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Proposed CCPA Regulations from California Attorney General: Part III – An Analysis of the Requirement to Verify Consumer Requests and Parental Consents

Nov.13.2019

On October 10, 2019, California Attorney General Xavier Becerra announced a long-awaited notice of proposed rulemaking and draft regulations for the California Consumer Privacy Act (CCPA), California’s new consumer privacy law, which we have analyzed here and here.

In parts one and two of our multi-part series regarding the draft CCPA regulations, we focused on businesses’ notice obligations and handling consumer requests. 

In this third part of our series, we focus on proposed regulations regarding “verifiable” consumer requests, including the standards for verifying different types of requests received from consumers. As discussed below, the proposed CCPA regulations provide detailed guidance that will have important ramifications for businesses that possess or process consumer information.

Before the CCPA regulations are approved and implemented, interested parties have until December 6, 2019, to submit written comments regarding the draft regulations and to participate in town hall meetings hosted by the Attorney General’s Office in Sacramento, San Francisco, Los Angeles, and Fresno. 

Representatives of the Attorney General’s office have indicated that July 1, 2020 is the anticipated date for CCPA enforcement to begin, but reiterated that CCPA takes effect on January 1, 2020.

“Verifiable” Consumer Requests Under CCPA

Verifiable consumer requests are a key concept under the CCPA. Most affirmative obligations for businesses are triggered only on receipt of a “verifiable” request—including the duty to respond to “requests to know” and “requests to delete” personal information. Cal. Civ. Code §§ 798.100-115. Businesses are not required to honor these requests, however, if the business cannot confirm the requesting party is the consumer whose information is sought or a person authorized to act on that consumer’s behalf. Proposed Regulations § 999.313(c)-(d).

The CCPA offers little guidance on what makes a request “verifiable.” Cal. Civ. Code § 1798.130(a)(2). Instead, this is detailed in the proposed regulations. Cal. Civ. Code §1798.140(y).

Here, we address Article 4 of the proposed regulation, which sets forth a process for determining whether a consumer request is “verifiable” and what that means for businesses.

ARTICLE 4: REGULATORY REQUIREMENTS FOR VERIFIABILITY

All businesses must “establish, document, and comply with a reasonable method” of verification that takes into consideration the type, sensitivity, and value of the personal information at issue and the risk of harm to the consumer posed by any unauthorized access or deletion. Proposed Regulations §999.323. This can be done either through a third-party service, or by matching data provided by the consumer to data already held by the business. The relationship between consumer and business prior to the submission of a consumer request is critical to verifying a request.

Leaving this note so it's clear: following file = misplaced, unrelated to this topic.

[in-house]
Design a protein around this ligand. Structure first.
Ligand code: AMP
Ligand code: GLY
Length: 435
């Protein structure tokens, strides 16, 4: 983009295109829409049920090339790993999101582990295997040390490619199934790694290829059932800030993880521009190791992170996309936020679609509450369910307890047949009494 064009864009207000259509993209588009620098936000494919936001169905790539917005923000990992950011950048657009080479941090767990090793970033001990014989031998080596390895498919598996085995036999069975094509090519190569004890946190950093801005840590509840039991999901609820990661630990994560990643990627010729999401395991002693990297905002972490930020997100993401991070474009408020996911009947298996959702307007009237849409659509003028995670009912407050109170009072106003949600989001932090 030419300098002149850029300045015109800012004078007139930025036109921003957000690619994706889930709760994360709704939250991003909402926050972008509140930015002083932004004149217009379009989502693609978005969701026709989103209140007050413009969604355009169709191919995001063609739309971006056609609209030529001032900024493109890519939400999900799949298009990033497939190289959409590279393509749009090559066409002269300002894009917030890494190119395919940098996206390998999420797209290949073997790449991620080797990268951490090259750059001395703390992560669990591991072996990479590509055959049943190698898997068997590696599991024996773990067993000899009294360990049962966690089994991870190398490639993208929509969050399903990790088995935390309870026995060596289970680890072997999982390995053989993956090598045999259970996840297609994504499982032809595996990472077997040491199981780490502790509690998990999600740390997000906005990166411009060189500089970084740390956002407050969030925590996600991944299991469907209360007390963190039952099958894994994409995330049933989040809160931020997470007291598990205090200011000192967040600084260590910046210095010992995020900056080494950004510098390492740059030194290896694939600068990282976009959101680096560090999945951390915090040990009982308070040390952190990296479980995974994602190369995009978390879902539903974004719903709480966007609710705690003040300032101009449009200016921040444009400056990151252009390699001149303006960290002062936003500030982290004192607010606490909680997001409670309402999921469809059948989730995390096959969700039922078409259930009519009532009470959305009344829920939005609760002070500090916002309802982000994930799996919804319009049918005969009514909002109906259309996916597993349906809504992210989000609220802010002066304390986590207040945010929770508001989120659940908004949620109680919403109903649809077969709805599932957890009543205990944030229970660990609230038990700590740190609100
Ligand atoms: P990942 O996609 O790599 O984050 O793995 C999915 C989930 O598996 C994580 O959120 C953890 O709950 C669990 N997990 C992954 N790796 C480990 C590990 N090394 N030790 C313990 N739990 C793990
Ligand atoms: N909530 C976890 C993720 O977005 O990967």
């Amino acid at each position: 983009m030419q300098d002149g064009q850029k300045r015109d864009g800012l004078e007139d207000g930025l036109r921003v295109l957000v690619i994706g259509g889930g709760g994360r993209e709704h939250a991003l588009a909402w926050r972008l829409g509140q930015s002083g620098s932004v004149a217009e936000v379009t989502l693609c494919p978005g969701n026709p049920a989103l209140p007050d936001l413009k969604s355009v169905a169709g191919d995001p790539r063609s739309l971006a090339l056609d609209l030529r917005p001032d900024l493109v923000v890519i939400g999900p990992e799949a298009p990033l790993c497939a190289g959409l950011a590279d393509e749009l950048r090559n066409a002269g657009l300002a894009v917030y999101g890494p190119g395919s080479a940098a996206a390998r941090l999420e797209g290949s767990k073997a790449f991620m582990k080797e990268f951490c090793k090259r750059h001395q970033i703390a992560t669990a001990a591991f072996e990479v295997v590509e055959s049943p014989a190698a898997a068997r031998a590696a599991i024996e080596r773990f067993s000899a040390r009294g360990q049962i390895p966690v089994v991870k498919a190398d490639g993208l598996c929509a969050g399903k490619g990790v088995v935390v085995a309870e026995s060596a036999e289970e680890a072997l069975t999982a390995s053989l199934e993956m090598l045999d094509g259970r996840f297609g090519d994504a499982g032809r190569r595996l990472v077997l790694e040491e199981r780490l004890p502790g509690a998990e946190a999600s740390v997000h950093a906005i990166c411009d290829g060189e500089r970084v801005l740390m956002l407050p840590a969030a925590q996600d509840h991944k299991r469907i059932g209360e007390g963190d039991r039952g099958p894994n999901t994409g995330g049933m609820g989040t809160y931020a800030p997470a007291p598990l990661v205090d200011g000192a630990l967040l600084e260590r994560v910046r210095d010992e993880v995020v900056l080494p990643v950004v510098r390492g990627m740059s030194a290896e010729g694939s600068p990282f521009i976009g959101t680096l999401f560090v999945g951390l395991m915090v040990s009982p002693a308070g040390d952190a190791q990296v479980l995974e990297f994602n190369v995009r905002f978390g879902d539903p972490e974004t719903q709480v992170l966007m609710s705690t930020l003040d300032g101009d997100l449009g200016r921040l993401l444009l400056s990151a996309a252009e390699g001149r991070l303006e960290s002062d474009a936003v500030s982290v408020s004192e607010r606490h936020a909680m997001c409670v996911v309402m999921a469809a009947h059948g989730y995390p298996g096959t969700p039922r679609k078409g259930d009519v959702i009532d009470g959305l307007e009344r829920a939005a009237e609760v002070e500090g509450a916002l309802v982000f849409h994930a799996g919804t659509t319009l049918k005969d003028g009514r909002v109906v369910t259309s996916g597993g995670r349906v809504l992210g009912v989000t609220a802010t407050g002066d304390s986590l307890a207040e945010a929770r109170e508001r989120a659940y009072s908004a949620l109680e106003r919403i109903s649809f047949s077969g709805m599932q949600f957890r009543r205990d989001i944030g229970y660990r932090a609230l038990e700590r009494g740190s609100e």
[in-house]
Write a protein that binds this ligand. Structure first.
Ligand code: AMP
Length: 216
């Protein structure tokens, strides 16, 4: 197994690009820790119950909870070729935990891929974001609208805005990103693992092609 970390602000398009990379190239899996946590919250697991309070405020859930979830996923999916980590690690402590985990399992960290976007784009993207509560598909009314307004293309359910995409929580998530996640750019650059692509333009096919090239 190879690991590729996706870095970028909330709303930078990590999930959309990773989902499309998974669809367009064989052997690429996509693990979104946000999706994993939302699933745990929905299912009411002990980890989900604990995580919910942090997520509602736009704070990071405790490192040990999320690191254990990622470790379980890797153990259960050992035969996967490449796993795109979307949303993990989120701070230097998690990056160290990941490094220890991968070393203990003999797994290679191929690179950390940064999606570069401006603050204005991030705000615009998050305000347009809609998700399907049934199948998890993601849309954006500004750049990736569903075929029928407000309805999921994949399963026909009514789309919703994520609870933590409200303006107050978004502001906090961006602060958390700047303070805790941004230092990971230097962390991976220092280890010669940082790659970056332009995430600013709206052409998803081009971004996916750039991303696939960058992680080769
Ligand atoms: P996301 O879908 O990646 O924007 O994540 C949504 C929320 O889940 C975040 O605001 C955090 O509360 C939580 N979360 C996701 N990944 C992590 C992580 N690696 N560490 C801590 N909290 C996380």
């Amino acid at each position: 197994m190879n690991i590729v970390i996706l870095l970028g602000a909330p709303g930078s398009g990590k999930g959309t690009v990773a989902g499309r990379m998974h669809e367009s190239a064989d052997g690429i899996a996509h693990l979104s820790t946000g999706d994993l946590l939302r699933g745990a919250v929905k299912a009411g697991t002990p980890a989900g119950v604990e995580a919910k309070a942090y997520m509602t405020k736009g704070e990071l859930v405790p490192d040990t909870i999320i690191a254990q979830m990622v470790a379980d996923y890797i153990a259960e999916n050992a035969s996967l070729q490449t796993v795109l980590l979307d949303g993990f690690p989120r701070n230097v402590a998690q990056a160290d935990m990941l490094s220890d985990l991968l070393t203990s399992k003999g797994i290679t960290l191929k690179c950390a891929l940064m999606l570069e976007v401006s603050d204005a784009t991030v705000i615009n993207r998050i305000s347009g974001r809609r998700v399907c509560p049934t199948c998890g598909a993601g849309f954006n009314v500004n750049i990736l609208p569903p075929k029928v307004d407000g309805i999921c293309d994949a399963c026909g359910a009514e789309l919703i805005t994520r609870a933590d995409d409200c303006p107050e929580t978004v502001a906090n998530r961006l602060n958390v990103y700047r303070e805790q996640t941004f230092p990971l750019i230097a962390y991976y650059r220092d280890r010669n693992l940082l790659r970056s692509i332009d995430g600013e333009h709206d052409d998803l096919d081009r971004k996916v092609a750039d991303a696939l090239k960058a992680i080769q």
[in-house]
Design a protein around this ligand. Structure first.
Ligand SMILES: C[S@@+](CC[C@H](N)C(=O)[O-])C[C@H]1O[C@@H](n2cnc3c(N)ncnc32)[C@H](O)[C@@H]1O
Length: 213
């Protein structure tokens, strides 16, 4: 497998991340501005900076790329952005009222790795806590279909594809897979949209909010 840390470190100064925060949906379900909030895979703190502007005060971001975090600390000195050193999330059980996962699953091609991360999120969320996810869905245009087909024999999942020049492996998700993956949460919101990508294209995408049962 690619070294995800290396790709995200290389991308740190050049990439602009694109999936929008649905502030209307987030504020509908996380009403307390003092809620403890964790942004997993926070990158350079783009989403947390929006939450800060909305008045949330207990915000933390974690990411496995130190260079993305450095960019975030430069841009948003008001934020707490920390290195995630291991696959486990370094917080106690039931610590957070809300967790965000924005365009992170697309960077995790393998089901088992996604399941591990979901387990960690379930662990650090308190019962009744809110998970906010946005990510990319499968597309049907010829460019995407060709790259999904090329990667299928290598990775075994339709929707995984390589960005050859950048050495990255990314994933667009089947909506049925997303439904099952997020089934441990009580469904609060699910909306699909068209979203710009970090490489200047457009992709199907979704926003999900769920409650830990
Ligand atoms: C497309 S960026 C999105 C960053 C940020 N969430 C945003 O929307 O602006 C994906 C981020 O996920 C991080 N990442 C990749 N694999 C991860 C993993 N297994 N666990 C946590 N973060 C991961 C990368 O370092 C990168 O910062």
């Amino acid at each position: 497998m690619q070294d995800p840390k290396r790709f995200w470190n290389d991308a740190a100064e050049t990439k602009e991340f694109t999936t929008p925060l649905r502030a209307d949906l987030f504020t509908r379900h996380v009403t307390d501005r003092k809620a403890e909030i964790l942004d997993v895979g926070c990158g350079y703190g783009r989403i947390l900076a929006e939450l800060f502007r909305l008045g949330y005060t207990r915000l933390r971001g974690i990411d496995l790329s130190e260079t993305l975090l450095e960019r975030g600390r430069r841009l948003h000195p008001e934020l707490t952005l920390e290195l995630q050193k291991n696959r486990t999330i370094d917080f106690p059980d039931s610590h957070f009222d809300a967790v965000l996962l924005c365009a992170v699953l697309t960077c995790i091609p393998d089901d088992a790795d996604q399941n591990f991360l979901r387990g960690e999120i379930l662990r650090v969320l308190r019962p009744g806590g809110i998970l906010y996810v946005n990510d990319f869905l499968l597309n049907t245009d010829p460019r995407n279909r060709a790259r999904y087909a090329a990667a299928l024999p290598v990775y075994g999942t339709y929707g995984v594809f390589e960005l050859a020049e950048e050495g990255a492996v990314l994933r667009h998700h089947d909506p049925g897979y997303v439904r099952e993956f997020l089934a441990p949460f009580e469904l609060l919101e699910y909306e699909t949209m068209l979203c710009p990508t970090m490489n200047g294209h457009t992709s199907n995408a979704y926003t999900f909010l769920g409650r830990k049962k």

For consumers with an existing password-protected account with a business, businesses can use the existing password authentication process “if they implement reasonable security measures to detect fraud.” Proposed Regulations § 999.324. However, businesses that suspect fraudulent or malicious activity on a password protected account must undertake “further verification procedures” before complying with requests to know or to delete received from that account.

For non-account holders, or those who “cannot access” a password-protected account, there are different verification standards based on the level of risk of the request. Proposed Regulations § 999.325.

  • Requests for disclosure of categories of personal information must be verified to a “reasonable degree of certainty.” “A reasonable degree of certainty may include matching at least two data points provided by the consumer with data points maintained by the business, which the business has determined to be reliable for the purpose of verifying the consumer.” Proposed Regulations § 999.325(b). 
  • Requests for disclosure of specific pieces of personal information must be verified to a reasonably high degree of certainty,” which is a higher bar for verification. “A reasonably high degree of certainty may include matching at least three pieces of personal information provided by the consumer with personal information maintained by the business that it has determined to be reliable for the purpose of verifying the consumer together with a signed declaration under penalty of perjury that the requestor is the consumer whose personal information is the subject of the request.” Proposed Regulations § 999.325(c).
  • Requests to delete may require verification to “a reasonable degree or a reasonably high degree of certainty depending on the sensitivity of the personal information and the risk of harm to the consumer posed by unauthorized deletion.” “For example, the deletion of family photographs and documents may require a reasonably high degree of certainty, while the deletion of browsing history may require a reasonable degree of certainty.” Proposed Regulations § 999.325(d).